Ghosting Controversy Taints CEVO-P

BY Andrew Miesner / January 20, 2009

Just when you thought it couldn’t get any better, we’d like to announce that Mike “LANDodger” Luxion will now be a regular contributor here at compLexityGaming.  We’re certain that Mike’s opinions, editorials and thoughts about eSports will always keep you in the know with his unique brand of intelligent commentary.

Mike’s first article debuts this Friday, but we thought you’d find his take on the recent CEVO-P CS:S controvery very interesting.  What controversy?  Check this out:

(As always the opinions expressed are those of the author and not necessarily those of compLexity Gaming or its parent company.)

January 18, 2009

There’s so much absurdity here it’s hard to know where to start, but let’s talk about the two main parties involved.

Every once in a while you come across something that makes you scratch your head and go “what the hell?” Like, for instance, somebody landing an airplane on (in?) a river. I don’t think I have to explain that one, but suffice it to say whenever somebody pulls off a stunt in real life that I can’t even do in Grand Theft Auto, it gives me pause.

Unfortunately, not all those things you stumble across are good. Some of them go from “what the hell” and slowly degenerate into anger, confusion, and disappointment.

This is one of those not-so-good times.

For those of you that don’t religiously check the CAL forums, which seems to be the only place actually “reporting” this besides Insider Esports, there was some controversy surrounding the CEVO-P Source Finals. It was my favorite kind of controversy, too: the one that spawns a nine-page forum thread that slowly saps the reader’s will to live and faith in humanity. (Although now that I think about it, I’m not sure there is any other kind of controversy in eSports.)

Anyway. Before we get any further, let’s emphasize one point. This is the CEVO-P Finals. This isn’t some random match between two amateur teams that have fifteen combined fans. This isn’t practice. It’s the last match of the season and determines, theoretically, the best team from the last ten weeks.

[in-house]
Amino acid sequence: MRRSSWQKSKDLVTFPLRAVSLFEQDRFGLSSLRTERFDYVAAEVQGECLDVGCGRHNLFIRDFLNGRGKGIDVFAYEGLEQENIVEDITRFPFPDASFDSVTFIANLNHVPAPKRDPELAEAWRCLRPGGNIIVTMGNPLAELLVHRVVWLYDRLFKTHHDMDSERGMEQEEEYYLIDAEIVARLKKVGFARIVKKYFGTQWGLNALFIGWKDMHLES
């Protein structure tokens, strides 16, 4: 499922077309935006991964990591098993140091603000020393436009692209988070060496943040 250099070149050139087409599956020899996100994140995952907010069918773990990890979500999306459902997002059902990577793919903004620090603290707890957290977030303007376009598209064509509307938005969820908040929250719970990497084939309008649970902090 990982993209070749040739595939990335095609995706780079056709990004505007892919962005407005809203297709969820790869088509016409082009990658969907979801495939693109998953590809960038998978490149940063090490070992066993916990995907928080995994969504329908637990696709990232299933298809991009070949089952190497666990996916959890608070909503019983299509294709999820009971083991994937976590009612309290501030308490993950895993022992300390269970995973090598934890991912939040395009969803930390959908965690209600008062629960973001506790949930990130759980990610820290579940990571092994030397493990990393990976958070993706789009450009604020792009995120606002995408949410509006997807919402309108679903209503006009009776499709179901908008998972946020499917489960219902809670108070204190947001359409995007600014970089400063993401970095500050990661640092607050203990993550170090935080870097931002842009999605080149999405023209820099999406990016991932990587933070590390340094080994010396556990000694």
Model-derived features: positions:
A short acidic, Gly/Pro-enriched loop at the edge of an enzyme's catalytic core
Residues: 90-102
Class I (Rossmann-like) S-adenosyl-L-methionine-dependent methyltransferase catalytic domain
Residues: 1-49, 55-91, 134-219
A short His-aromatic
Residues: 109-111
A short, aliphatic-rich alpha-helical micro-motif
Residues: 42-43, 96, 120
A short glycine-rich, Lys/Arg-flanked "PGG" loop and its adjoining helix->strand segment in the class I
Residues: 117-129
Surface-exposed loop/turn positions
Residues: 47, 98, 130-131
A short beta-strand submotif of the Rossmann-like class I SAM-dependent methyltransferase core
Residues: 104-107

That being said, the situation goes something like this:

1) Cyber Revolution was set to take on the remnants of the Carolina Core (rest in peace) in the Finals. As part of the Finals coverage there was a shoutcast for the best-of-three series.

2) Gosu, another CEVO-P team, and/or Cyber Revolution realized that the shoutcast for the Finals wasn’t on enough of a delay. Rather than connect to SourceTV, the shoutcasters connected directly to the server, and the delay between the broadcast and what was actually happening in the server was small enough that a spectator listening to the shoutcast could send fairly reliable information about player positions to somebody, say, participating in the match.

3) Gosu and Cyber Revolution also happen to share a ventrilo server, and during the match players from Gosu were clearly watching the broadcast and ghosting for their vent-mates. There’s a recording of part of the match, but it doesn’t take long to see how egregious the ghosting is. Rod Blagojevich couldn’t have made it any clearer. For instance, at the beginning of the round and before anybody playing in the server has called the bomb, one player from Gosu says, “They’re just doing the default, bomb’s just sitting in B tunnels again.” Oy.

4) Eventually, word gets back to CEVO about the ghosting and they make a ruling. The match was overturned and Cyber Revolution was removed from the playoffs.

5) After that, things get even stranger. CEVO reversed this decision, instead forcing Cyber Revolution to forfeit one map in the best-of-three and replay the other two maps.

6) Cyber Revolution ends up winning CEVO-P.


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